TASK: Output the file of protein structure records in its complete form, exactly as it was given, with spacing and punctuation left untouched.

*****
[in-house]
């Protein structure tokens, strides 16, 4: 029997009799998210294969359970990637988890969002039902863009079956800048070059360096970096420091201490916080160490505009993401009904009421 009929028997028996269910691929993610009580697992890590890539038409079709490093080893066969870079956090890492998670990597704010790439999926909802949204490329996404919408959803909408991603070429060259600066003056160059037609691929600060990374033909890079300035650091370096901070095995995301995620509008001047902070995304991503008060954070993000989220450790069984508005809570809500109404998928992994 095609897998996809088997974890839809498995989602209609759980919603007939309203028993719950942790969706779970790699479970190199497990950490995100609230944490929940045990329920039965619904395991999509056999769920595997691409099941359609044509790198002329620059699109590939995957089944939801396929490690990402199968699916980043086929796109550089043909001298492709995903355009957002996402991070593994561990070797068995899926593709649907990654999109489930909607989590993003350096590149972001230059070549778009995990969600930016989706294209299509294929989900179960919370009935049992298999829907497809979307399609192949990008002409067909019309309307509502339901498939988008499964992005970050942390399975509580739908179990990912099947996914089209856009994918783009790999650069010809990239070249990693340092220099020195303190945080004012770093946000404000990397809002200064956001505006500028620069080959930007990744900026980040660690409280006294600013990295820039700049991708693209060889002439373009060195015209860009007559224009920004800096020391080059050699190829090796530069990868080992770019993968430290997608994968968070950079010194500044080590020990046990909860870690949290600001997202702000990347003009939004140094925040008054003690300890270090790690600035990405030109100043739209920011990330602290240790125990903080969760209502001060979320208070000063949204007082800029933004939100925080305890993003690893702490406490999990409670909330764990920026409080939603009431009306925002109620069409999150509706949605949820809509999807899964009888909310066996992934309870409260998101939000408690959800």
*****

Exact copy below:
[in-house]
């Protein structure tokens, strides 16, 4: 029997009799998210294969359970990637988890969002039902863009079956800048070059360096970096420091201490916080160490505009993401009904009421 009929028997028996269910691929993610009580697992890590890539038409079709490093080893066969870079956090890492998670990597704010790439999926909802949204490329996404919408959803909408991603070429060259600066003056160059037609691929600060990374033909890079300035650091370096901070095995995301995620509008001047902070995304991503008060954070993000989220450790069984508005809570809500109404998928992994 095609897998996809088997974890839809498995989602209609759980919603007939309203028993719950942790969706779970790699479970190199497990950490995100609230944490929940045990329920039965619904395991999509056999769920595997691409099941359609044509790198002329620059699109590939995957089944939801396929490690990402199968699916980043086929796109550089043909001298492709995903355009957002996402991070593994561990070797068995899926593709649907990654999109489930909607989590993003350096590149972001230059070549778009995990969600930016989706294209299509294929989900179960919370009935049992298999829907497809979307399609192949990008002409067909019309309307509502339901498939988008499964992005970050942390399975509580739908179990990912099947996914089209856009994918783009790999650069010809990239070249990693340092220099020195303190945080004012770093946000404000990397809002200064956001505006500028620069080959930007990744900026980040660690409280006294600013990295820039700049991708693209060889002439373009060195015209860009007559224009920004800096020391080059050699190829090796530069990868080992770019993968430290997608994968968070950079010194500044080590020990046990909860870690949290600001997202702000990347003009939004140094925040008054003690300890270090790690600035990405030109100043739209920011990330602290240790125990903080969760209502001060979320208070000063949204007082800029933004939100925080305890993003690893702490406490999990409670909330764990920026409080939603009431009306925002109620069409999150509706949605949820809509999807899964009888909310066996992934309870409260998101939000408690959800």